Margie is a friend-who-is-a-writer I communicate with regularly. Today she sent me a connection to her blog referencing an email note we exchanged. I chuckled because she had no idea I was about to blog about our support of each other as writers and reference the same email!
I don’t think I could attend to communicating in writing on a regular basis without the support of friends like Margie. I have a nice list of people who check in with me, read my stuff, and encourage me to keep at it. Their support is visible, audible and often tangible. But there is much that is invisible and intangible and audible only in my head!
The email exchange I was going to reference today is part of a weekly check-in that Margie and I have. She has arranged with me to email her a little note on Monday mornings as a way to say “hey, are you writing?” The unsaid portion of that exchange is that I am thinking “hey, I care about you and your process.” So I’ve got a reminder on my phone and tablet to check in with Margie on Mondays at 6 am – although I have to admit I turn it off on holidays. I have sent notes, scraps of poems, photos, drawings I’ve made. It is a way I get my own juices going too.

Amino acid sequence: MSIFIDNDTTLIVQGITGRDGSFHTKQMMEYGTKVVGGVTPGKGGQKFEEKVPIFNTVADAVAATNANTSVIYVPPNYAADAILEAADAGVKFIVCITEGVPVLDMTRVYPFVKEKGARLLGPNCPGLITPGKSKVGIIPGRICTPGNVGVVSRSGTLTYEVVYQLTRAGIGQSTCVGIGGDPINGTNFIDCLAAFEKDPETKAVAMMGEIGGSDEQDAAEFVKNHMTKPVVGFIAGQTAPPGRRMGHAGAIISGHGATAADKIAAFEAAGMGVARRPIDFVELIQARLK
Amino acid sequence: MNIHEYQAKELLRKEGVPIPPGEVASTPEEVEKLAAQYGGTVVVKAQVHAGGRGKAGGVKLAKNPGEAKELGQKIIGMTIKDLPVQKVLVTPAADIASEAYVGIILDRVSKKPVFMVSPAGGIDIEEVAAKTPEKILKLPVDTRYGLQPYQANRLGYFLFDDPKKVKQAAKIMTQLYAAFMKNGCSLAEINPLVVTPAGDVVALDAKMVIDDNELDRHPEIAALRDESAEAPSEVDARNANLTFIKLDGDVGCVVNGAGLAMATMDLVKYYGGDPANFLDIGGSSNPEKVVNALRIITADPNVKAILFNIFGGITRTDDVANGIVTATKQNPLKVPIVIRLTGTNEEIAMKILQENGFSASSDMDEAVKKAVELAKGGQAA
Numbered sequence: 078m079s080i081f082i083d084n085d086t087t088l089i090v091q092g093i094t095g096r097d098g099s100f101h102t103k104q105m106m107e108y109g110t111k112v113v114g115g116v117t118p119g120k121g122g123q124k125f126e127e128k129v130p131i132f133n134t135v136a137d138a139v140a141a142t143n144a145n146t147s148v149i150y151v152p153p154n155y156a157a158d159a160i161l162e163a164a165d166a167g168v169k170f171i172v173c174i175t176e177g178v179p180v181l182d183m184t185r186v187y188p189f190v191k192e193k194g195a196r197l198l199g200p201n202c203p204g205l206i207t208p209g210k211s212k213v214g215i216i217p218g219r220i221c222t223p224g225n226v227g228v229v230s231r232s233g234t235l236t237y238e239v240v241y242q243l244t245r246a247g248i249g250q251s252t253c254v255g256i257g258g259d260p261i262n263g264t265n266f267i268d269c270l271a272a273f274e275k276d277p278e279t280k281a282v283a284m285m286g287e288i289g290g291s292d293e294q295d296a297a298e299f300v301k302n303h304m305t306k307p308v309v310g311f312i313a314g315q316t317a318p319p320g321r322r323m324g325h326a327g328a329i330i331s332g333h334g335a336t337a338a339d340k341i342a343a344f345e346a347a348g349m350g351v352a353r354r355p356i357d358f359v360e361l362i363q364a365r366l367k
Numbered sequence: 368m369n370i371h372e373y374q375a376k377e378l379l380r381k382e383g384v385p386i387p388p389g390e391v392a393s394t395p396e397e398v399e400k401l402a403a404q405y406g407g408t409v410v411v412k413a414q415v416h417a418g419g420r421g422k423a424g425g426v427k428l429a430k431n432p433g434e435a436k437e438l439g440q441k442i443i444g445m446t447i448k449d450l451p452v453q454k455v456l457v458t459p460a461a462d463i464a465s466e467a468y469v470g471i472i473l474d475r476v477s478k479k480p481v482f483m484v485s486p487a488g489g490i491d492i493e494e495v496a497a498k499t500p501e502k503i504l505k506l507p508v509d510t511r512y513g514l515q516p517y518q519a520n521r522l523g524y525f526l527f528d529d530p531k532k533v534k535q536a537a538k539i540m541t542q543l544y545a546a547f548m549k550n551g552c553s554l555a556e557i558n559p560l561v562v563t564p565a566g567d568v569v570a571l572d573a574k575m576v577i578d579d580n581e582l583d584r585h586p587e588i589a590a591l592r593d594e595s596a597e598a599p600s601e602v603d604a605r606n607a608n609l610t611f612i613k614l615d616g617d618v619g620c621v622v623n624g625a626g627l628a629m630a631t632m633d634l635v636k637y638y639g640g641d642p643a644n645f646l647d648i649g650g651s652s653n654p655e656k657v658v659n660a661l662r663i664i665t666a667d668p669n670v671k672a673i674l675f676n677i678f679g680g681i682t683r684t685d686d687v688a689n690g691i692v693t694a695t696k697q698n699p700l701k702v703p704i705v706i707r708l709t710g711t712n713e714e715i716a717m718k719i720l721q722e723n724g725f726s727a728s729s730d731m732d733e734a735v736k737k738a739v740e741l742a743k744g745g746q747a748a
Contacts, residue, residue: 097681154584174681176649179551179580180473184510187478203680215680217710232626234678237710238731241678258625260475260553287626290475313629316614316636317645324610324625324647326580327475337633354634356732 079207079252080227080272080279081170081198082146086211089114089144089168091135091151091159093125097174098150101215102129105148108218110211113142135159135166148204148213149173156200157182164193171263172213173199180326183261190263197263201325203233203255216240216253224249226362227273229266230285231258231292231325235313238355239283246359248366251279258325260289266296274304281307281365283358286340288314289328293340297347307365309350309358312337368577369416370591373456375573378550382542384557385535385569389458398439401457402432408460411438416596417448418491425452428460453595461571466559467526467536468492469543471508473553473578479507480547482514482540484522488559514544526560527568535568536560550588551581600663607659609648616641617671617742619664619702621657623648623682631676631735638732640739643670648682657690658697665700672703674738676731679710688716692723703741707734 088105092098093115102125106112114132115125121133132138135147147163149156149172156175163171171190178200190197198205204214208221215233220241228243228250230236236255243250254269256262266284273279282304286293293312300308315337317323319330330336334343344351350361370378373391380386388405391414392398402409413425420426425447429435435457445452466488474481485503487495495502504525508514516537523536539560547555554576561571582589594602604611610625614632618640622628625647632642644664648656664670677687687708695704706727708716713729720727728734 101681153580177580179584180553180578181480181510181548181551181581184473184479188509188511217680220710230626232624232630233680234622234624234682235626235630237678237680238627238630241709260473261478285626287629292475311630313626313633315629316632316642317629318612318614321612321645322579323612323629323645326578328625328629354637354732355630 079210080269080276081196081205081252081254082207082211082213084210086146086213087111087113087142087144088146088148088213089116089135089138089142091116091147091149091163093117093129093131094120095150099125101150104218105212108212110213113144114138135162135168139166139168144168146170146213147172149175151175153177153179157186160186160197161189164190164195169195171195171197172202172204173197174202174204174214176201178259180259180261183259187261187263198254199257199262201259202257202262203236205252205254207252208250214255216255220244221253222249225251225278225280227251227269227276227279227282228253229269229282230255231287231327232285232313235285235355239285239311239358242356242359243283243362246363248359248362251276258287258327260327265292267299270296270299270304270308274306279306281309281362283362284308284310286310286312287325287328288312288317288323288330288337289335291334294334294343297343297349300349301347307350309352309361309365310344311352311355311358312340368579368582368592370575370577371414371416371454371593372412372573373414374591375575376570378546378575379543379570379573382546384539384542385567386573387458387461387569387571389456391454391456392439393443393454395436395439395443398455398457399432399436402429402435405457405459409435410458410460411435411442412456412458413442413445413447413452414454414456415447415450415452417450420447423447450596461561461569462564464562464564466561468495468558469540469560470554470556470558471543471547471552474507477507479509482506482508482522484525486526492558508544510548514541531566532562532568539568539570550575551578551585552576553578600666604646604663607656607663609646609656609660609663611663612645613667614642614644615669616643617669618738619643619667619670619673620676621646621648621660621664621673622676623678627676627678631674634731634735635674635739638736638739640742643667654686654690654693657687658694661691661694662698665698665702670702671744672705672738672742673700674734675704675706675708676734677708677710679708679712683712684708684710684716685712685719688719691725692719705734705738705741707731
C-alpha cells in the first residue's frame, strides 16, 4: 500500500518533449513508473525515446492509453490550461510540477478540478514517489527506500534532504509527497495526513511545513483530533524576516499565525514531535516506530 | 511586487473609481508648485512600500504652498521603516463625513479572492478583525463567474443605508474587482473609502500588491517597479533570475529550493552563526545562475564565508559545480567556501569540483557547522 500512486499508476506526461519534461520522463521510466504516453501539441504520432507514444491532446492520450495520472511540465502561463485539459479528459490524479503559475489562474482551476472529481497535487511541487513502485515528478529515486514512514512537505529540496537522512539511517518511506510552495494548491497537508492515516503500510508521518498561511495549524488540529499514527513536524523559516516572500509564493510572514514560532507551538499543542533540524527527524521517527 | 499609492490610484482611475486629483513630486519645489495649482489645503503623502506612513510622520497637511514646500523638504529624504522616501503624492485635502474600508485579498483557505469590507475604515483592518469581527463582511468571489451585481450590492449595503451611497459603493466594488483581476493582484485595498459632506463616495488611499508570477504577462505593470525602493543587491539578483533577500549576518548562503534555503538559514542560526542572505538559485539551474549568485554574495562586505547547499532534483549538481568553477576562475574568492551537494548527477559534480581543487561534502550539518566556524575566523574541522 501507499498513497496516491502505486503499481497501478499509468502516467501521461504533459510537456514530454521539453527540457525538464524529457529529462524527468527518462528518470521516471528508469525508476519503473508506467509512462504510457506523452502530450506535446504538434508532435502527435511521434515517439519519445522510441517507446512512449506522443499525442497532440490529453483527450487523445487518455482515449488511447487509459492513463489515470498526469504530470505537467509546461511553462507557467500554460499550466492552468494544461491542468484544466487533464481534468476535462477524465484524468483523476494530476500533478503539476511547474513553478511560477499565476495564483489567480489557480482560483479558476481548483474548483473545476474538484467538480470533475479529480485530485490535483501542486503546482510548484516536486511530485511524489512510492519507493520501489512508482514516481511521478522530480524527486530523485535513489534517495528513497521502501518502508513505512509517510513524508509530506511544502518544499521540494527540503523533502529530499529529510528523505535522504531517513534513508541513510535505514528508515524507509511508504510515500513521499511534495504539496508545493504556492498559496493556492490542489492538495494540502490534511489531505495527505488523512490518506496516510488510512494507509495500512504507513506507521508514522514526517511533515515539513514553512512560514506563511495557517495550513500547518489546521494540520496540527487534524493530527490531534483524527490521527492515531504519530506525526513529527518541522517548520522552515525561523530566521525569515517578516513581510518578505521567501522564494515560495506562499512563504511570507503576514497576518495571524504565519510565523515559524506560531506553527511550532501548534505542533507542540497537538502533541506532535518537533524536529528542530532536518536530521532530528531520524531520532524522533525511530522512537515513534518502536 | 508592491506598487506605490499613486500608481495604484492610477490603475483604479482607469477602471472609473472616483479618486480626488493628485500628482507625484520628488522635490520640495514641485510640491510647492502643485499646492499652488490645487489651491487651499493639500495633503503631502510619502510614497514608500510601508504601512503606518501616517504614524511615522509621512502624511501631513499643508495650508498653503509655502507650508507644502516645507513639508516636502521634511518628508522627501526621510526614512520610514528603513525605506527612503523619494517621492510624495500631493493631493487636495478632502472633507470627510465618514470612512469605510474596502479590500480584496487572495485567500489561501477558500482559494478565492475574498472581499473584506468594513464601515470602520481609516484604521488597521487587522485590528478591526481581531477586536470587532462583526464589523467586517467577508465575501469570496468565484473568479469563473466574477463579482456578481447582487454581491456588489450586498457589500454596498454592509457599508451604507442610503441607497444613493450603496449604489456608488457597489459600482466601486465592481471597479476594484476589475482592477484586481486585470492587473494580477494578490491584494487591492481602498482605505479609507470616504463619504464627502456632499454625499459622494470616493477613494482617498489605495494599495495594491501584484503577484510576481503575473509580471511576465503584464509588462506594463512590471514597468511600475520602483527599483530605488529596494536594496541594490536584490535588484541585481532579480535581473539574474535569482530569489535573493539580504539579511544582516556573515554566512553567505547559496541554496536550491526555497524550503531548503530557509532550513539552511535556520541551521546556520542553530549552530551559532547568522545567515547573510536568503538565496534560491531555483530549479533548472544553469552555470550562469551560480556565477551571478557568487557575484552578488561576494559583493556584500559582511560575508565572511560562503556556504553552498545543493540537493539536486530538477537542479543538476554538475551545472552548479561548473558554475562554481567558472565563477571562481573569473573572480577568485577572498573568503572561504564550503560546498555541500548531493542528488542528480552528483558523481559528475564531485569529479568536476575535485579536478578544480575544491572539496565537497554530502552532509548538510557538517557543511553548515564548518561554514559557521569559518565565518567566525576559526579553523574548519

Last week I sent her a poem I’d found on the website A Year of Being Here. (I found this site when I was deciding on my One Little Word and wanted help jump-starting my way to being “mindful.” I get a poem from them everyday and I just love it!) I offer this connection to others who don’t have a Monday morning companion like I do.
The poem I enjoyed most this week is this one:
“Down on My Knees” by Ginger Andrews, from An Honest Answer (Story Line Press, 1999).
cleaning out my refrigerator
and thinking about writing a religious poem
that somehow combines feeling sorry for myself
with ordinary praise, when my nephew stumbles in for coffee
to wash down what looks like a hangover
and get rid of what he calls hot dog water breath.
I wasn’t going to bake the cake
now cooling on the counter, but I found a dozen eggs tipped
sideways in their carton behind a leftover Thanksgiving Jell-O dish.
There’s something therapeutic about baking a devil’s food cake,
whipping up that buttercream frosting,
knowing your sisters will drop by and say Lord yes
they’d love just a little piece.
Everybody suffers, wants to run away,
is broke after Christmas, stayed up too late
to make it to church Sunday morning. Everybody should
drink coffee with their nephews,
eat chocolate cake with their sisters, be thankful
and happy enough under a warm and unexpected January sun.
on your mark – get set – get writing!